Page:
Guernsey offers prisoners voluntary placements
published on 7 Sep 2023
The Salvation Army in Guernsey is offering volunteering roles to prison inmates as part of a government initiative which aims to reduce the likelihood of prisoners reoffending.
Inmates from Les Nicolles Prison, Guernsey have spent time volunteering at The Salvation Army’s community centre and café in Nocq Road, St Sampson's, Guernsey, whether painting or decorating, providing general maintenance or using their skills in the kitchen, to help them develop and adjust to life of the outside before they are released.
The government of Guernsey have implemented the Three-tier scheme with the aim of preventing problems that ex-prisoners commonly face, such as finding employment or accommodation. Within this scheme The Salvation Army have provided multiple opportunities for those who take part to give back to the island through Stage Two of the programme, ‘voluntary placement in the community’. The voluntary placement is a vital step that inmates must complete before they are able to successfully graduate from the programme.
Jonathan Gallagher the community centre manager at The Salvation Army, St Sampsons, said: “We really do value our volunteers from Les Nicolles Prison and many of them come with a vast range of skills. We do our best to fill their time with meaningful activities that play to their skills, but also give them opportunities to try new things. Ultimately, they will want to get into paid work when they are released, so we do everything we can to help them prepare for this. Our involvement is to provide a safe, caring environment for them to rehabilitee into after spending time in the prison system.”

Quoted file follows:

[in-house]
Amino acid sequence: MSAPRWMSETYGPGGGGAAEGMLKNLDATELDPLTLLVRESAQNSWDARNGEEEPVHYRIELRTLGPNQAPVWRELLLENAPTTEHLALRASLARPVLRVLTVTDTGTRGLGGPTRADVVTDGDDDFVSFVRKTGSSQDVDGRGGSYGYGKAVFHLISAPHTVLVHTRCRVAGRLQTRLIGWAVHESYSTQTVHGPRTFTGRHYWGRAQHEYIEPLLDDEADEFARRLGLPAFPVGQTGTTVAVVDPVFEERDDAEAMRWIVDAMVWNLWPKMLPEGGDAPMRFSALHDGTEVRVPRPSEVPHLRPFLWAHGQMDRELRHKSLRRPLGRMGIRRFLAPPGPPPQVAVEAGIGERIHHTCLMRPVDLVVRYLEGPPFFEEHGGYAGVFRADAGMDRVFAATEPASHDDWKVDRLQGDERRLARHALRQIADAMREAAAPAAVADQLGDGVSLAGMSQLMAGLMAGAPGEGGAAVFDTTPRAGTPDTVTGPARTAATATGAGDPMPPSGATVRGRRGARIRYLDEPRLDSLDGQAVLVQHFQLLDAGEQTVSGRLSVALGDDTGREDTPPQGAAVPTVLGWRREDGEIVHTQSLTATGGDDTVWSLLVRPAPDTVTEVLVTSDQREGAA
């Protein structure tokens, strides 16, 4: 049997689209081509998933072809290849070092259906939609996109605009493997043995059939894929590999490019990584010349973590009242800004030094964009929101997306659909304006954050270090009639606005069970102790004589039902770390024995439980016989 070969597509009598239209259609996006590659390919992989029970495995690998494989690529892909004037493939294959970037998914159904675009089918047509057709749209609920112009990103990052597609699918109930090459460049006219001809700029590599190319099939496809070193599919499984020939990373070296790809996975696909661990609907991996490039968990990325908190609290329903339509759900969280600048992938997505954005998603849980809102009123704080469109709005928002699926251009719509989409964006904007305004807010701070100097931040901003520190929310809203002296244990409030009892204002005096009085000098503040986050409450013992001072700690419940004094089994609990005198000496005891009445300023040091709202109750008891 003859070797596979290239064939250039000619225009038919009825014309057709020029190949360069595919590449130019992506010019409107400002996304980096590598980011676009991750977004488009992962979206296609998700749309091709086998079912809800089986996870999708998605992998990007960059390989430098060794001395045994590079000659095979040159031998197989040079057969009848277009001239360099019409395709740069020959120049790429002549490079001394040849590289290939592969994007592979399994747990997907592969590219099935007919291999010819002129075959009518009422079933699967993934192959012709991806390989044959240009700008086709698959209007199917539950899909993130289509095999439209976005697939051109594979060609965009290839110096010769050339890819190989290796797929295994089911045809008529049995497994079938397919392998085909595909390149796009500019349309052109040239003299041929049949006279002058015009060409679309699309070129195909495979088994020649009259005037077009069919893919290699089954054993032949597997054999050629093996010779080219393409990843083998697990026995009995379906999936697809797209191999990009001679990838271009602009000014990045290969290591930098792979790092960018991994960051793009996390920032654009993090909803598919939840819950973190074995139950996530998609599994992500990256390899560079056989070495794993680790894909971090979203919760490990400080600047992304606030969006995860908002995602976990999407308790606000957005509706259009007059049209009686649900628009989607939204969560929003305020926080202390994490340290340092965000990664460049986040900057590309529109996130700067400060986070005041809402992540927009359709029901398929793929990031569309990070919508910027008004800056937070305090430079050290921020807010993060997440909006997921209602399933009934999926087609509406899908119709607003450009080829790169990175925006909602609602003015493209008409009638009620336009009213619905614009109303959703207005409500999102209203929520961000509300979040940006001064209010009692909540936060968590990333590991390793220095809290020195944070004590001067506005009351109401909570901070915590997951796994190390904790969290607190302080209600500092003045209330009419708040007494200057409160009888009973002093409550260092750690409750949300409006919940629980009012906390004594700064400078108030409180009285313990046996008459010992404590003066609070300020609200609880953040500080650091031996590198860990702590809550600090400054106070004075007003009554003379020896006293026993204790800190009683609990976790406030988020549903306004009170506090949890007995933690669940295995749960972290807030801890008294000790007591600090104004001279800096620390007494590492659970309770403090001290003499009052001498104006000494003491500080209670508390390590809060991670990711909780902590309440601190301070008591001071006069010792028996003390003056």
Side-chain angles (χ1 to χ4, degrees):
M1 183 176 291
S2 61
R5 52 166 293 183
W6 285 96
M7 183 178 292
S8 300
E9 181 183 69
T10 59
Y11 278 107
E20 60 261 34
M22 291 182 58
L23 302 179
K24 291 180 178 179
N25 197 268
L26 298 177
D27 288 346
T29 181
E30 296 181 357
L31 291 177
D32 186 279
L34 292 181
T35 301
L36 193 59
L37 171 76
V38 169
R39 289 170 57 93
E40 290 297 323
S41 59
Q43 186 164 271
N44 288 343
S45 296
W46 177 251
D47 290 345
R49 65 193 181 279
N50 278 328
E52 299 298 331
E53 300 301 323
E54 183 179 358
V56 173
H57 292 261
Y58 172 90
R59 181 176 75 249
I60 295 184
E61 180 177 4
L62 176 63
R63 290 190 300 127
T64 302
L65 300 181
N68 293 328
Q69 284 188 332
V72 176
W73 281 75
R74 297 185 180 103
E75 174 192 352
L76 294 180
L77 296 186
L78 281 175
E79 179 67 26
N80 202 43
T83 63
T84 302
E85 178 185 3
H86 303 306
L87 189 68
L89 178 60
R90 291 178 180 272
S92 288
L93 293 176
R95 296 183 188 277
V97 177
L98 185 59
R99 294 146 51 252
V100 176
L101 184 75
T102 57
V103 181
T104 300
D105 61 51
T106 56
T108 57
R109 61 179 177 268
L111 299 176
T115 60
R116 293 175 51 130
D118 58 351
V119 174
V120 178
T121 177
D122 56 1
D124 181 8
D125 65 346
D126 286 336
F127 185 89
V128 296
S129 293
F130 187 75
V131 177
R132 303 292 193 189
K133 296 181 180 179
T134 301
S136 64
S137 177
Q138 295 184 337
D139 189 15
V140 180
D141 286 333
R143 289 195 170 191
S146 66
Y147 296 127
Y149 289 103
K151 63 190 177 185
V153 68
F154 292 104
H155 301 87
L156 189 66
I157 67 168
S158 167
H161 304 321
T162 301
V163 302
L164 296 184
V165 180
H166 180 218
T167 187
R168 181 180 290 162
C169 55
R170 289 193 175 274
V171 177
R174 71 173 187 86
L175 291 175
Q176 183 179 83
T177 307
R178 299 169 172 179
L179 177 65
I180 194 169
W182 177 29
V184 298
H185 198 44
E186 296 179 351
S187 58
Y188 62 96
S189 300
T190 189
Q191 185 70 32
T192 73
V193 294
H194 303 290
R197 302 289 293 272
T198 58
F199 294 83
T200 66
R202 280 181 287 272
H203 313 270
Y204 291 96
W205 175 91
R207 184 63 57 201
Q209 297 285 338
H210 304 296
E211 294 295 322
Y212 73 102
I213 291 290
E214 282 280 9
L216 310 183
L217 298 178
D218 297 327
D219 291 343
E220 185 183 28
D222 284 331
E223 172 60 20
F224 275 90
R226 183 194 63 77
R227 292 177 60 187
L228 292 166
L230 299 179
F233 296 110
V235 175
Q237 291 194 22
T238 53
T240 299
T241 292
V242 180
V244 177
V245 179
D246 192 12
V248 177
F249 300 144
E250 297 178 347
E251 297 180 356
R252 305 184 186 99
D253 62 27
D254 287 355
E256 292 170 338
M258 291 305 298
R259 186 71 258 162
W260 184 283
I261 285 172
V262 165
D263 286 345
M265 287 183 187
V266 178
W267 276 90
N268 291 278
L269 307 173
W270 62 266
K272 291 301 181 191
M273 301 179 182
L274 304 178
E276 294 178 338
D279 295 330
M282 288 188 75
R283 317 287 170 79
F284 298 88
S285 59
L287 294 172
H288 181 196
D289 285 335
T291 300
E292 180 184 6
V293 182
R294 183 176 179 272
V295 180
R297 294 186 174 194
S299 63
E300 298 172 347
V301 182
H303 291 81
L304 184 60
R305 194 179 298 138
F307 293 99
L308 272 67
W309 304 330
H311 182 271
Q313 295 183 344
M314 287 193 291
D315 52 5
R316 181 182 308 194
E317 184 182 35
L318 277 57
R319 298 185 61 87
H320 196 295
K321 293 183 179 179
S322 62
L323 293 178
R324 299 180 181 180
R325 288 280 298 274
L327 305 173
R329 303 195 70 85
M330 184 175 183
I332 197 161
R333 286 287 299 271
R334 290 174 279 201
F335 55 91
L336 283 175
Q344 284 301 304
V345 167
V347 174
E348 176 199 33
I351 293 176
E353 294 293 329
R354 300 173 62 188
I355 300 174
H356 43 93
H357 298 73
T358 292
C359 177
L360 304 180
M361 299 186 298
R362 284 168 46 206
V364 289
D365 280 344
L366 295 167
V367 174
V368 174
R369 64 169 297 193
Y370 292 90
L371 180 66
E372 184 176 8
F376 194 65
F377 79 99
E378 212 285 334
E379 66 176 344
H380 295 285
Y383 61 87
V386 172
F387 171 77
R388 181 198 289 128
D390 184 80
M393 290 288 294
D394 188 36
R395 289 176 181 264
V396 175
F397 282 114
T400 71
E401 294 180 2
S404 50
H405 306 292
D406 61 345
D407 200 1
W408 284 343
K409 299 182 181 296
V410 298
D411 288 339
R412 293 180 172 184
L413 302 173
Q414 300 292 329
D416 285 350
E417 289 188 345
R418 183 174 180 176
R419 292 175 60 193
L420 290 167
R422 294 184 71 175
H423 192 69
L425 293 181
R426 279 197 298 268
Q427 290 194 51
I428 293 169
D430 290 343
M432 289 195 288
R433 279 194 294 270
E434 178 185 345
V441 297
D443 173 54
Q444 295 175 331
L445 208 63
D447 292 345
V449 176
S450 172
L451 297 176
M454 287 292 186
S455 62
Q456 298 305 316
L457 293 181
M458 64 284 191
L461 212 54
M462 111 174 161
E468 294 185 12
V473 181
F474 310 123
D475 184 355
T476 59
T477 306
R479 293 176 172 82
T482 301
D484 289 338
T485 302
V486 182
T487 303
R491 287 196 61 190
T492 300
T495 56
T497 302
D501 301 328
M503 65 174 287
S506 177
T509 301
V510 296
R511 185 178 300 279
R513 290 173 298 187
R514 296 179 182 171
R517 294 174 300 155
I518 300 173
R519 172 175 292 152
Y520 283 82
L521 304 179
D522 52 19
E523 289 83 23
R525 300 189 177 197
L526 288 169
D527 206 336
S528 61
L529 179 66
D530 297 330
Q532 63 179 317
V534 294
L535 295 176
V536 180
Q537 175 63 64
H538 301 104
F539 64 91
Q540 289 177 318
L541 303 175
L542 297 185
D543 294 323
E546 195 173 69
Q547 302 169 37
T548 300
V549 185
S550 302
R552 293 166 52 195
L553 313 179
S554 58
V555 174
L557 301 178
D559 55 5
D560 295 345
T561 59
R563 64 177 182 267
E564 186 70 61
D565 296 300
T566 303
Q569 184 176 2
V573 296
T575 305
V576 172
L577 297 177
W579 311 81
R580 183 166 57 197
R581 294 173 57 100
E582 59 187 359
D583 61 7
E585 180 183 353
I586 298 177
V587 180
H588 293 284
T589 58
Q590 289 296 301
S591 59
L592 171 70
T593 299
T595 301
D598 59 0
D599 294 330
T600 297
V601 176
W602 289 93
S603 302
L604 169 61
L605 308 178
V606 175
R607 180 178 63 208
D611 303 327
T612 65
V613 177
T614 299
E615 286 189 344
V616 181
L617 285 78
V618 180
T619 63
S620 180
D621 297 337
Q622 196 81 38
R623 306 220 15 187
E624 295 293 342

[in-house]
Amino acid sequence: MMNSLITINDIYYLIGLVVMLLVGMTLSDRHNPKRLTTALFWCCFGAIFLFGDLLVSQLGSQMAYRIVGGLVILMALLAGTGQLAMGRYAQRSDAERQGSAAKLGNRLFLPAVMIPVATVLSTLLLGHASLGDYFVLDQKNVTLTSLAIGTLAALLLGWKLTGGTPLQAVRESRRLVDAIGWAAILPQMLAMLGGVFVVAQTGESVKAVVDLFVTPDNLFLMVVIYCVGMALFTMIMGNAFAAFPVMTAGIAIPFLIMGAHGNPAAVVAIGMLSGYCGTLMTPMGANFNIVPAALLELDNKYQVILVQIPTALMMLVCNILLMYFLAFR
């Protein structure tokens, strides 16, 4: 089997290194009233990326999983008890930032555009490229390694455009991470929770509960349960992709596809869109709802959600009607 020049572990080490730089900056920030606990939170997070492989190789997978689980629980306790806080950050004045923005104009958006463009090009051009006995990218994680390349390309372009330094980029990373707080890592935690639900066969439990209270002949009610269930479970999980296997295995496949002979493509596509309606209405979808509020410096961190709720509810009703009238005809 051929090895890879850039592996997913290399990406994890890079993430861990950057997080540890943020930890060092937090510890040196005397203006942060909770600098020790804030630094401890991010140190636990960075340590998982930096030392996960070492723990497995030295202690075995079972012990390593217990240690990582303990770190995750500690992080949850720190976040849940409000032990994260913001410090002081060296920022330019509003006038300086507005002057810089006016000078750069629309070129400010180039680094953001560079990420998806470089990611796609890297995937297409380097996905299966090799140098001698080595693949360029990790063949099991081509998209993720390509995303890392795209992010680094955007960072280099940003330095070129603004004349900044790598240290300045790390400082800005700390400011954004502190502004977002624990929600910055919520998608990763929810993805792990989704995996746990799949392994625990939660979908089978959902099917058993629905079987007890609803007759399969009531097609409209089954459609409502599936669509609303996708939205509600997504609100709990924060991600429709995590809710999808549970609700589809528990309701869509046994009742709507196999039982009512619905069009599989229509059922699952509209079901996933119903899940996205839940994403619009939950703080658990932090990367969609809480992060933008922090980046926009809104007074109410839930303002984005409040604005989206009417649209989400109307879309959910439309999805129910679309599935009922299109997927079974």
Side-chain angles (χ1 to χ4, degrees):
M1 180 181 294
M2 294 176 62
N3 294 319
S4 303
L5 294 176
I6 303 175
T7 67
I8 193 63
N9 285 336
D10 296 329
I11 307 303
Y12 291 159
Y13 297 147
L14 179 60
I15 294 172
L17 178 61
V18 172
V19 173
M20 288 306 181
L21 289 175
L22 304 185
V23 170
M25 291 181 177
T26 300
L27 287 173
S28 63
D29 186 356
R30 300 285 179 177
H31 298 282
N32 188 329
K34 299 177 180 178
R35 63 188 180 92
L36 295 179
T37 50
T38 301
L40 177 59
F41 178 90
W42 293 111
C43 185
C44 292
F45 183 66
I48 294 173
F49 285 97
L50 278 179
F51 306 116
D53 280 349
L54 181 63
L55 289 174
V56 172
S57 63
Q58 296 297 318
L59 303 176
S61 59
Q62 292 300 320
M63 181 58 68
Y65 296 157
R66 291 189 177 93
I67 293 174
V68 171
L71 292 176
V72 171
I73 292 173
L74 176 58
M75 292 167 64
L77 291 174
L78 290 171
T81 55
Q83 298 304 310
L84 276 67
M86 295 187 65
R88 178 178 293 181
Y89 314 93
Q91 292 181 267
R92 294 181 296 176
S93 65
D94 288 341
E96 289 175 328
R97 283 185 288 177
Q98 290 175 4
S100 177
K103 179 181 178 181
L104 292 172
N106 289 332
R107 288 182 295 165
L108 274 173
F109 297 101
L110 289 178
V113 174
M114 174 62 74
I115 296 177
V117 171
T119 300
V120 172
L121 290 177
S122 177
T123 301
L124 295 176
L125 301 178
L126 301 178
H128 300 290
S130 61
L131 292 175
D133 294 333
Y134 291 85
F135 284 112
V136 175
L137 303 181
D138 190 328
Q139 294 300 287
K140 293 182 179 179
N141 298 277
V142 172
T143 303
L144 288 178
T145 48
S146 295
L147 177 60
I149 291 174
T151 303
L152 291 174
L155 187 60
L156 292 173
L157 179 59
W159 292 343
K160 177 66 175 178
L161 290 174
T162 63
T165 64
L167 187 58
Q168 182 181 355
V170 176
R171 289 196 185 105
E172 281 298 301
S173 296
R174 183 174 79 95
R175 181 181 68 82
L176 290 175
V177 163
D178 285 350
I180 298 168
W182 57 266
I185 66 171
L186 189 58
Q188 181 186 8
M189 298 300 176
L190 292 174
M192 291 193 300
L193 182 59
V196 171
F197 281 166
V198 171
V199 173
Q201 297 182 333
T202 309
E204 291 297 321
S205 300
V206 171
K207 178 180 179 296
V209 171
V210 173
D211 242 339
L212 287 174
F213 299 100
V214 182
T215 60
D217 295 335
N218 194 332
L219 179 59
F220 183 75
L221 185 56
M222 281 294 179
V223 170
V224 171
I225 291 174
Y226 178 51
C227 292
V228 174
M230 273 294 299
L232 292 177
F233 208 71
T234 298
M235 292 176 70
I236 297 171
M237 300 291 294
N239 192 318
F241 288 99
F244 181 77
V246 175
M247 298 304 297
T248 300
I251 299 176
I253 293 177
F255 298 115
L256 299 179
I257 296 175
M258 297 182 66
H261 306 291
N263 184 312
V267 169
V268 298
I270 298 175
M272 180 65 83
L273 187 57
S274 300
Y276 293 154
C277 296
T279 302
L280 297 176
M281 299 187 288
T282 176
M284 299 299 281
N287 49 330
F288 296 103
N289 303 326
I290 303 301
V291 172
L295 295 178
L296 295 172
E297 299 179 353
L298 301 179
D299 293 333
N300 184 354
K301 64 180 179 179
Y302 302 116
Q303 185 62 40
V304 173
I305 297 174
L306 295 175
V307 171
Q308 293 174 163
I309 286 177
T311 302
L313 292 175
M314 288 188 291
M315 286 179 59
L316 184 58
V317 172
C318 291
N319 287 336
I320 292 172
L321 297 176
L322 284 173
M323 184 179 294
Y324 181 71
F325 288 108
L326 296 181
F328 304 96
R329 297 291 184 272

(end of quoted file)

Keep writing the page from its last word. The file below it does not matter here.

Regardless of their roles, when they first start all volunteers take some time to adjust to their new schedules but by the end of their placement, they are comfortable interacting with the members of the community centre.
Once their probation officers are satisfied that they have fulfilled their volunteering role and gained adequate experience, they can then progress to the final part of the scheme which is paid employment. This can be difficult for some ex-offenders, so some choose to stay on at their voluntary placement to keep developing their skills.
Guernsey Prison governor John DeCarteret said: “The scheme has been very successful. It provides prisoners with an effective resettlement strategy.” And the experience they gain through the voluntary and paid roles “gives them excellent preparation for the day they can go home.”
The Salvation Army in Guernsey have a community centre, charity shop and café in which they offer a variety of services such as low-cost meals. They also have a library where books and talking books can be borrowed and exchanged on a regular basis.
See their website for more information: https://www.salvationarmy.org.uk/guernsey .